There’s a big difference between knowing something just to know it and knowing something that can be presented to someone else so they can benefit from it.
Knowing that a pack of Wrigley’s gum was the first item to have its bar code scanned may be useful if you ever have the Food & Tech of the 1970s category on Jeopardy, but outside of that may not be all that helpful.
There is value though if you can explain what you know in a way that helps others achieve more. And the better you can package what you know, the more others will want to listen.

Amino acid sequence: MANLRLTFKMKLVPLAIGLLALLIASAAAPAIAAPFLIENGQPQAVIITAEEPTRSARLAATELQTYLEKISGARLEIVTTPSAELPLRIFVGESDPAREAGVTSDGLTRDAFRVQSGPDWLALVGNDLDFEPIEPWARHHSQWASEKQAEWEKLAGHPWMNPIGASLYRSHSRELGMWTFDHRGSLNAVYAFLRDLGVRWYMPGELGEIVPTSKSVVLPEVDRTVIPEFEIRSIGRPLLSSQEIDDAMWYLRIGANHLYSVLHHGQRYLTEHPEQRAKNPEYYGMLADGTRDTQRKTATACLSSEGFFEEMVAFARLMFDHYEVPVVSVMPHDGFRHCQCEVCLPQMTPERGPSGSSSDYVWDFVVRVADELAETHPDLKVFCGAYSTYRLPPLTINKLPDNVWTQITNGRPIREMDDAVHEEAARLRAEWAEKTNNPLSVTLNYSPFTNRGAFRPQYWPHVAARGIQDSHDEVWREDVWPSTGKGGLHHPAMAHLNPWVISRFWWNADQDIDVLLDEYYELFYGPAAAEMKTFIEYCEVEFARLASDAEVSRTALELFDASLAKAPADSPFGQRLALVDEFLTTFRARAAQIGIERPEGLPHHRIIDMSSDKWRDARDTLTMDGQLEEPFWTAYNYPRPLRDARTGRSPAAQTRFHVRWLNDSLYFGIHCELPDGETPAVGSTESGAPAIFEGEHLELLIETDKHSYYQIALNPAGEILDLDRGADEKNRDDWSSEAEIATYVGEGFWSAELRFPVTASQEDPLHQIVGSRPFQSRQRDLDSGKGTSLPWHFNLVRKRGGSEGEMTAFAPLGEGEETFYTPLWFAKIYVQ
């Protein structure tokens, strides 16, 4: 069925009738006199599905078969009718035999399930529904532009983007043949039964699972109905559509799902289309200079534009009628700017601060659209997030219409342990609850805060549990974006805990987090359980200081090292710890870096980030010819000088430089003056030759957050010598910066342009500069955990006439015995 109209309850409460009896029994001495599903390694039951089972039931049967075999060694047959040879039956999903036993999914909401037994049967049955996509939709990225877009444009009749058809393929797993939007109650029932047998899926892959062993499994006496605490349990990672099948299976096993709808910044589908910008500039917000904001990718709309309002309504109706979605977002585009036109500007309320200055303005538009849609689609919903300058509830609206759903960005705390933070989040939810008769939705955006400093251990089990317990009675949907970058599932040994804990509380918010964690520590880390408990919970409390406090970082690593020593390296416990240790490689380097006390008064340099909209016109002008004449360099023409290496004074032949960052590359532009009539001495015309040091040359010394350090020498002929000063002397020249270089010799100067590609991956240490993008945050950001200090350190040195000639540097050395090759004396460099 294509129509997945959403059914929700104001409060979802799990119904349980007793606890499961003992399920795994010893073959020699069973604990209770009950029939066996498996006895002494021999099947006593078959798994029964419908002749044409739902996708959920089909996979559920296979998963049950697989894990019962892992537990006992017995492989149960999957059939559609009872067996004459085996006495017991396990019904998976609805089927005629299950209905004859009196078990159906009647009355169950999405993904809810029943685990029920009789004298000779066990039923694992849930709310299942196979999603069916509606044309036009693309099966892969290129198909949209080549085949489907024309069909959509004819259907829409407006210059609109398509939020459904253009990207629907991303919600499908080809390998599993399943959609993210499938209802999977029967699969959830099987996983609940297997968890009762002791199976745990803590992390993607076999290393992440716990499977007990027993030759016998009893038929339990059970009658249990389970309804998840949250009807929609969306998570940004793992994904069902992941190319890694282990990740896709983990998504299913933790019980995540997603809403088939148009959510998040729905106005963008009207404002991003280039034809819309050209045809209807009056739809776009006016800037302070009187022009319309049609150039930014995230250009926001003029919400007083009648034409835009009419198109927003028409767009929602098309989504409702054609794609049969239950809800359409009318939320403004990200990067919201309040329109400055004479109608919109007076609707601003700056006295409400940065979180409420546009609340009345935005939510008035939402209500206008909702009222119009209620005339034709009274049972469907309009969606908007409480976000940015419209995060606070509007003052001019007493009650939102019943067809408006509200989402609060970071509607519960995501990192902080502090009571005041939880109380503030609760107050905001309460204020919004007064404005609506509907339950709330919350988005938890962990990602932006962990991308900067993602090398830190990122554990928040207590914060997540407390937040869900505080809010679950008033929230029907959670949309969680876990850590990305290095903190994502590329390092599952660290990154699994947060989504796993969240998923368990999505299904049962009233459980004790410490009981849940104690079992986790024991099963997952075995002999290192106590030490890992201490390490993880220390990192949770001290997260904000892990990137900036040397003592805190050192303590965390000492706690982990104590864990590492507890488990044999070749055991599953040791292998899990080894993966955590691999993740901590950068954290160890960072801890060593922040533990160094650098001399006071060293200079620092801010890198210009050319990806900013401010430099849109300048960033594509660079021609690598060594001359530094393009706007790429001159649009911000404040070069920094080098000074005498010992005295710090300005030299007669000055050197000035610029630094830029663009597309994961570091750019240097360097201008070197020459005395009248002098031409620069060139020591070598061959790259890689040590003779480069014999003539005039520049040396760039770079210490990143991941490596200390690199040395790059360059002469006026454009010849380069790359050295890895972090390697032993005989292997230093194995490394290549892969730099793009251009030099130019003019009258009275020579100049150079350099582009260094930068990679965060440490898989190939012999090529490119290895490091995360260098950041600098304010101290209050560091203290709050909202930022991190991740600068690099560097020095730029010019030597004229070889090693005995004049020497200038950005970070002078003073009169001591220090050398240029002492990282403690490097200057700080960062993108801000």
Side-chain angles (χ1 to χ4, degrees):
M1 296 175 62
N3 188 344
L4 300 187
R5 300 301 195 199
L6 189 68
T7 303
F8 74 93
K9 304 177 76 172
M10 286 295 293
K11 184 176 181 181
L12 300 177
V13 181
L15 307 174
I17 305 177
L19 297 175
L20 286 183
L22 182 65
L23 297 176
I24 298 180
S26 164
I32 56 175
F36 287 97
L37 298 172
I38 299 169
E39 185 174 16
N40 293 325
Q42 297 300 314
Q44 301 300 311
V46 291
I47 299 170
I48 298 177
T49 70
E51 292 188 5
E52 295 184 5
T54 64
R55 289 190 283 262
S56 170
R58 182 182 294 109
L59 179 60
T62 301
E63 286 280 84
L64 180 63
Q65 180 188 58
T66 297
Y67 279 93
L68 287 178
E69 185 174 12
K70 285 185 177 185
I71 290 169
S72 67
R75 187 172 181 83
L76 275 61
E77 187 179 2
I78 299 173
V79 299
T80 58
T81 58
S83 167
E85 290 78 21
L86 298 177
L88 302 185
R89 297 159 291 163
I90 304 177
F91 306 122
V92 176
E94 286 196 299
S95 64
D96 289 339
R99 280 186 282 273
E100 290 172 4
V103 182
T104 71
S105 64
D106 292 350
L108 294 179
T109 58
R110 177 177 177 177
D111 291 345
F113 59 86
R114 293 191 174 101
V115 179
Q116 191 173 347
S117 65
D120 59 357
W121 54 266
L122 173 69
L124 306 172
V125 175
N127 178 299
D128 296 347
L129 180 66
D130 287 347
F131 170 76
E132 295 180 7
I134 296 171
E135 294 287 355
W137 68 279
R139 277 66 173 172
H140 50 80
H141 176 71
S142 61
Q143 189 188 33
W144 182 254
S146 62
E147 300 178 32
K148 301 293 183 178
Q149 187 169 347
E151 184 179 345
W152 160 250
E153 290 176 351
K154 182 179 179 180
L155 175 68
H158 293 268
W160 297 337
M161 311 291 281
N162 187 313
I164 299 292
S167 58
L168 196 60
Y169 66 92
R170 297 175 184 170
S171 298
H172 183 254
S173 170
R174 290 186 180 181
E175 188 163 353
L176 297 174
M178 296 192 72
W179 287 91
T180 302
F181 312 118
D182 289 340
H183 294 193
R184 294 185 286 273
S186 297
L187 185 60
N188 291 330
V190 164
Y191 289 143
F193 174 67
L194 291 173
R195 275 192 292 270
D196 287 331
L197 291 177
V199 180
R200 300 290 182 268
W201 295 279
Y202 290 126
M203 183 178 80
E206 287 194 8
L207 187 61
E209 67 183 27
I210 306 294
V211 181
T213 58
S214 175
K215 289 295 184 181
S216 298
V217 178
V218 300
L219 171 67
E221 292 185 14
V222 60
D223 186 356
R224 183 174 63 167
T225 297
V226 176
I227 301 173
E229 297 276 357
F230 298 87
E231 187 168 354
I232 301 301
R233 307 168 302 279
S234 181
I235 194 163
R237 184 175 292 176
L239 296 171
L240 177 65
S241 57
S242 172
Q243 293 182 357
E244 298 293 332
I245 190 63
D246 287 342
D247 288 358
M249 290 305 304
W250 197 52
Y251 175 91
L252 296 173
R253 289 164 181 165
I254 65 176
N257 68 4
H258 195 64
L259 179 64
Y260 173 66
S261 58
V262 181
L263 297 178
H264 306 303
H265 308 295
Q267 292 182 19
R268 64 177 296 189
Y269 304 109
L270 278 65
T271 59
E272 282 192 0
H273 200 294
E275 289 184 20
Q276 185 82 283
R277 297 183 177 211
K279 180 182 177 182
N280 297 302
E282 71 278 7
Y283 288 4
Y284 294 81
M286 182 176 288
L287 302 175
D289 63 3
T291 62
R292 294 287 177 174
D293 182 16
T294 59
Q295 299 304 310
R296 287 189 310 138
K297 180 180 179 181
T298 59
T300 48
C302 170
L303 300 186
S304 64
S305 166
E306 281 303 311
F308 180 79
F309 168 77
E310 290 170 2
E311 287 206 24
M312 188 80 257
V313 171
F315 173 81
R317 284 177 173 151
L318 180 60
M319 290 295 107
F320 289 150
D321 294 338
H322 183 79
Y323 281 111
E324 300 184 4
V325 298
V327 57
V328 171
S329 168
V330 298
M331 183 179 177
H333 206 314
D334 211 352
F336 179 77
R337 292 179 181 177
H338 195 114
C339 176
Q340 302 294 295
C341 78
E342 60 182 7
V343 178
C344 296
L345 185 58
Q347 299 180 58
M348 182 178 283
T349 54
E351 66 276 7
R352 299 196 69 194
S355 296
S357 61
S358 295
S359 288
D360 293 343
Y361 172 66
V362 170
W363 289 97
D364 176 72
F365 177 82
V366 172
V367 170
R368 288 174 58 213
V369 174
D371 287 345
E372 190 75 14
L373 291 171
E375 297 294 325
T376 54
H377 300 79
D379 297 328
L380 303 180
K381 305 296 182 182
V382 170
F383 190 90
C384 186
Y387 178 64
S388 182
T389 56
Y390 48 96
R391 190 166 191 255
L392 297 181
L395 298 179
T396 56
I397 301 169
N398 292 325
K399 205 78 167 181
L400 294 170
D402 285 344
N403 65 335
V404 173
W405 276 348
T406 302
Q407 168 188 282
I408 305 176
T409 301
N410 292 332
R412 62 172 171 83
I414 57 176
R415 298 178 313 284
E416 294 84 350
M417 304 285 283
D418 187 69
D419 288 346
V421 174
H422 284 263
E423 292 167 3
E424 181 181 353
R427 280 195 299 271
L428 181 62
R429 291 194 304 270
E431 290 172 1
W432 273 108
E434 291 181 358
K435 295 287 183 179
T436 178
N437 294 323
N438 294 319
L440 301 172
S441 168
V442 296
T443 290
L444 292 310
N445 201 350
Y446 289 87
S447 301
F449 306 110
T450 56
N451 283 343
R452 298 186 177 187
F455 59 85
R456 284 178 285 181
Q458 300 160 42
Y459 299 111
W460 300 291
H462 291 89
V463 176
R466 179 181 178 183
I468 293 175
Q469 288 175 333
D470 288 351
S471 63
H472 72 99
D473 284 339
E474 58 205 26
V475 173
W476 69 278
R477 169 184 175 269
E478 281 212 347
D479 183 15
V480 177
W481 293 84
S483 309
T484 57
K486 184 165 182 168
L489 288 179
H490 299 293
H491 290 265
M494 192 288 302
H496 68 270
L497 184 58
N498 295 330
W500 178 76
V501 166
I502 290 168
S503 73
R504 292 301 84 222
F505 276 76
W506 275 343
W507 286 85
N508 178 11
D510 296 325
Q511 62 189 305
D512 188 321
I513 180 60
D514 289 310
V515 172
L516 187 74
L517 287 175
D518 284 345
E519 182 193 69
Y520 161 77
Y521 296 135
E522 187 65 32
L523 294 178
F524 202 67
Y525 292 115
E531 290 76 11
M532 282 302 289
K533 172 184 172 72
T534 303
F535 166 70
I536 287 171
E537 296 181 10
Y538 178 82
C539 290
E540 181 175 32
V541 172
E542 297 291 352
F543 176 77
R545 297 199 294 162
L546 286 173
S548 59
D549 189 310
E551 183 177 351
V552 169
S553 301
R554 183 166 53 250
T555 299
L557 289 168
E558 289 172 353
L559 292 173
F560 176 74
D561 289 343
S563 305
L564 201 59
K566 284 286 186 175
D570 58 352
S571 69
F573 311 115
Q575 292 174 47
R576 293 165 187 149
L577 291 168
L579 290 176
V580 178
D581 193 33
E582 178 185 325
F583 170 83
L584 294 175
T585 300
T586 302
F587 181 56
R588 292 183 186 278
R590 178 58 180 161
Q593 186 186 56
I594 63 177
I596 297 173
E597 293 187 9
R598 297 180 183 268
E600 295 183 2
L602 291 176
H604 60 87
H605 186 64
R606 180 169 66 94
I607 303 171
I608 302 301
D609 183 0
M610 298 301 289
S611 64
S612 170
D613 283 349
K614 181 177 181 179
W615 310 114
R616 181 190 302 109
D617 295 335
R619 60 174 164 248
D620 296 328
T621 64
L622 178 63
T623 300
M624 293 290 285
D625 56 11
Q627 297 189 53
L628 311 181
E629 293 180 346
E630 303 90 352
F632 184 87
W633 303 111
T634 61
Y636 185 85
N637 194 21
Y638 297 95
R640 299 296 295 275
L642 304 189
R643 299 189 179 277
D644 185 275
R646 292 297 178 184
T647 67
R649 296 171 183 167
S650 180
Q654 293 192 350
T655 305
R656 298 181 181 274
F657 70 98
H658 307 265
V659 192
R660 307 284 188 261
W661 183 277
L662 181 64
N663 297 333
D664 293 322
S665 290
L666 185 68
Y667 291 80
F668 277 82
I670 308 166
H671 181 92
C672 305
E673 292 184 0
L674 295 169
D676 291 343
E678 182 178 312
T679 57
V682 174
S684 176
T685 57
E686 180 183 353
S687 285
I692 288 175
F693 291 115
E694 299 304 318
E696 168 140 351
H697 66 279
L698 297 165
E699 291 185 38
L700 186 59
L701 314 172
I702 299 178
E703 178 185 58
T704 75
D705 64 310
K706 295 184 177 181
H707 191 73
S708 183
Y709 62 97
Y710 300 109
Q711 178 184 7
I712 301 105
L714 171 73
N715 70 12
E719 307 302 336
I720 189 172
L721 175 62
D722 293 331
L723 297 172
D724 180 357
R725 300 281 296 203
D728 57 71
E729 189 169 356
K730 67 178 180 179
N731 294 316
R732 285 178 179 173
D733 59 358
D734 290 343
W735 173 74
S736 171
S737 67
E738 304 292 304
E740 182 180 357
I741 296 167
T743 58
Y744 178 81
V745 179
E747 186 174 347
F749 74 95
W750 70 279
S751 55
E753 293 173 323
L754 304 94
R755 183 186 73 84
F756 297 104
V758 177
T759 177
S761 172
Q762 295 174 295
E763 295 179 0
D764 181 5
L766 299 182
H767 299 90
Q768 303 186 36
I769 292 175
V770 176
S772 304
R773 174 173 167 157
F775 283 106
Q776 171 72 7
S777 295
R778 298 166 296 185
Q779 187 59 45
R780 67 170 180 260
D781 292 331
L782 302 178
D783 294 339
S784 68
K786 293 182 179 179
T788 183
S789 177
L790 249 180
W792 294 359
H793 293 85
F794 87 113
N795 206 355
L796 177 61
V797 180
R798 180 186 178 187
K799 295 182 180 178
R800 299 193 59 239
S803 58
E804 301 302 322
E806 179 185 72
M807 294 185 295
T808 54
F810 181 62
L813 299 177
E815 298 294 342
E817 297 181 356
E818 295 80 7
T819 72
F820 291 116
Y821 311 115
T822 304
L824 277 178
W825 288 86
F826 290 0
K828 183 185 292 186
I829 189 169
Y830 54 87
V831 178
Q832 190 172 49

For example, you can know more about finance than anyone at your university, but if what you’re saying doesn’t relate to your student, is the lesson worth it to her?
But if you can take all of your knowledge and repurpose it so she can not only learn, but get something of value that she can apply to her life and the lives of others, then you’re making a difference.
She now has a better idea of how to pay her student loans and plan for retirement, while having the ability translate this to others.
It’s how each of us does this that many times can separate the annoying from the usable and the good from the great.
Being smart is not the end of the game. It’s actually where the heavy lifting begins.